I am an Omidyar Postdoctoral Fellow at the Santa Fe Institute. I did my PhD in the Department of Philosophy, Logic and Scientific Method at the London School of Economics. My main areas of research are philosophy of science and formal epistemology. I work primarily on causal explanation, and specifically on issues concerning granularity, variable choice, and inter-theoretic relations between the various sciences. I am especially interested in formal approaches to causal explanation, e.g. graphical causal models and Bayesian networks. I also work on Bayesian confirmation theory. In 2014, I earned an MSc in Philosophy and Public Policy, also from LSE.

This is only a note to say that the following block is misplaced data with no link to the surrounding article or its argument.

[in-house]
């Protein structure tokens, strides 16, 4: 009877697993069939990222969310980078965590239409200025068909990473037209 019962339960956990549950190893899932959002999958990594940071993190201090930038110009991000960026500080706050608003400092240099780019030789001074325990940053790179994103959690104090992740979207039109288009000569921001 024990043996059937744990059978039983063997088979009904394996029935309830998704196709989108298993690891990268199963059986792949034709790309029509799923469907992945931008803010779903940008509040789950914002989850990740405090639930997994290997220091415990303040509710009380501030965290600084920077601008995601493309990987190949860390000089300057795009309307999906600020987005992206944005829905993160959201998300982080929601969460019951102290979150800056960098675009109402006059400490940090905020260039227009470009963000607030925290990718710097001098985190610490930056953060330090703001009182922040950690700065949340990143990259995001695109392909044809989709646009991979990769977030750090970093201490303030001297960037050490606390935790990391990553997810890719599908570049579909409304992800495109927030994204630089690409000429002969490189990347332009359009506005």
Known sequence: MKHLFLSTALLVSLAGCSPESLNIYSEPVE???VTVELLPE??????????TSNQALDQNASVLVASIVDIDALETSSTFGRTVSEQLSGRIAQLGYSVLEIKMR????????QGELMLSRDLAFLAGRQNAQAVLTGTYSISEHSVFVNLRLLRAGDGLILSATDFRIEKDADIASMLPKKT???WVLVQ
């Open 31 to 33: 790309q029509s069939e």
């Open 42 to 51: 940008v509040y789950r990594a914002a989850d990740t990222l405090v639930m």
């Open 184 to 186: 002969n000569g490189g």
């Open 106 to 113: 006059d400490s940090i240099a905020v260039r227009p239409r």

Here is a blog post about some of my research, which is aimed at a general audience.
In addition to my research, I have taught as a Graduate Teaching Assistant at both LSE and King's College London. My teaching experience includes courses in Logic, Philosophy and Public Policy, Political Philosophy, Business Ethics, and Philosophy of Science.
Inductive Explanation and Garber-Style Solutions to the Problem of Old Evidence. Synthese. Awarded the 2017/18 Popper Prize for Work by an LSE PhD Student.
- 2019On the Explanatory Depth and Pragmatic Value of Coarse-Grained, Probabilistic, Causal Explanations. Philosophy of Science. 86(1): 145-167.
- 2018Imprecise Bayesian Networks as Causal Models. Information. 9(9), 211.